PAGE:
The Ackerman and Goldsmith (2011) study sought to determine whether this widespread belief undermined reading of on screen texts. The researchers found that readers of digital text did poorer on comprehension tests than readers of paper texts, but this superiority vanished after the researchers instituted a condition that controlled for self-regulation (the researchers controlled this by specifying how much time the study participants could study texts).

The researchers concluded that the metacognitive regulation —the monitoring of reading and control of cognitive resources – were themselves affected by the very belief that reading for digital texts is ill suited for any serious reading. This reluctance to trust digital texts takes a life of its own and undermined the reader’s allocation of cognitive resources to undertake the task of reading digital text The effect of this belief goes like this: “Because I don’t trust reading from digital texts, I have no confidence in my monitoring and control of cognitive resources, and because of these self-referential beliefs, I will not exert too much effort and control over my cognition as there is very little I can do to improve my comprehension.”

More research is needed to test the effect of the belief in the inferiority of ebooks, but there is a very large body of empirically based research to support the effect of self-referential beliefs on self-regulation of academic performance. Self-efficacy, which are “beliefs in one’s capabilities to organize and execute the curses of action required to produce given attainments” (Bandura, 1997; Zimmerman and Schunk, 2001), has been shown to strongly affect motivation, cognitive control, exertion of effort, and persistence. On the strength of these studies, what kinds of things should legal educators be concerned about the use of digital texts in the law school classroom?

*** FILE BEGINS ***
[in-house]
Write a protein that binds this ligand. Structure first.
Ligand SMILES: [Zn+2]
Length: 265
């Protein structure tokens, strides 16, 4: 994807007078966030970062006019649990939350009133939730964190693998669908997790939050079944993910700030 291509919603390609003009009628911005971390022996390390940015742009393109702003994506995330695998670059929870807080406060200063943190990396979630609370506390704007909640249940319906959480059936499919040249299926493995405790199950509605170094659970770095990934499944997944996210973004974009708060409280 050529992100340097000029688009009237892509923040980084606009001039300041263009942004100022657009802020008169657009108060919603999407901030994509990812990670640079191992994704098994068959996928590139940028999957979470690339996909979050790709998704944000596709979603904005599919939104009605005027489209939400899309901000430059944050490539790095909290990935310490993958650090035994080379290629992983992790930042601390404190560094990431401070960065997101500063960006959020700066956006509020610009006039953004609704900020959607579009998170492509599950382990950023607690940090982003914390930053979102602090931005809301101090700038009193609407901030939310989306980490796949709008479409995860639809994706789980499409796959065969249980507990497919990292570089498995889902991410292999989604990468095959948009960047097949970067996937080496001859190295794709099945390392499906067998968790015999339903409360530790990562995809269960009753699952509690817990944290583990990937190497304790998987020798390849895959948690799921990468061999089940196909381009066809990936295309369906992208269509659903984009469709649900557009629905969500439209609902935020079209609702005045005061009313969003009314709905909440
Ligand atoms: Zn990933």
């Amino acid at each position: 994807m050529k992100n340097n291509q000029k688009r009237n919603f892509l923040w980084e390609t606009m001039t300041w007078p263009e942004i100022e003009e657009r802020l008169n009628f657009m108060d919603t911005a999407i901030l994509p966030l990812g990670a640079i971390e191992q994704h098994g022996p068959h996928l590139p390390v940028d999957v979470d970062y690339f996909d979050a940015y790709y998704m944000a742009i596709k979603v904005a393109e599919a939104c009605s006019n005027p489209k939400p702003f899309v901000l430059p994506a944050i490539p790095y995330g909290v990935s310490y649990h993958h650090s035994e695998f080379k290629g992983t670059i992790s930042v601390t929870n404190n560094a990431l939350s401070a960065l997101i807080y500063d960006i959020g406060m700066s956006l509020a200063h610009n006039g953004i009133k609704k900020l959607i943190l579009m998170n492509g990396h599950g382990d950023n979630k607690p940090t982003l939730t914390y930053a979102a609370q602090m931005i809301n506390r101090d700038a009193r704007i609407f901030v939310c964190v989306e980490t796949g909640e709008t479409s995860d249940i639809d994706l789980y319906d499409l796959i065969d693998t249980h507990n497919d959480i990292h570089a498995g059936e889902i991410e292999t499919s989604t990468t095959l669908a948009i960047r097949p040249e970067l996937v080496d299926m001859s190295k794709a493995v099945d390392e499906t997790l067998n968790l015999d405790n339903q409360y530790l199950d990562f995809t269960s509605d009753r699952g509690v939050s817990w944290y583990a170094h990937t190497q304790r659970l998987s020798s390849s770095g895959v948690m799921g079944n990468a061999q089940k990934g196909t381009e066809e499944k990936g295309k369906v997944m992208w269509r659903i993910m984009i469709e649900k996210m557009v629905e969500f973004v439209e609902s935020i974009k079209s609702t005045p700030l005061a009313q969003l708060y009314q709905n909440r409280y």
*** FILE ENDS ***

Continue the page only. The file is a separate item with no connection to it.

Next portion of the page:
One is that the study gives pause to replacing conventional paper texts with digital texts in law school. There is nothing inherently inferior about reading text on the computer screen, but differences in metacognitive regulation of reading on-screen versus reading text on paper do undermine reading comprehension. Because of the reluctance to rely on digital texts for anything beyond reading for blogs, email messages and news articles, we can expect students to resort to a simplest solution to the problem– printing the digital texts on paper.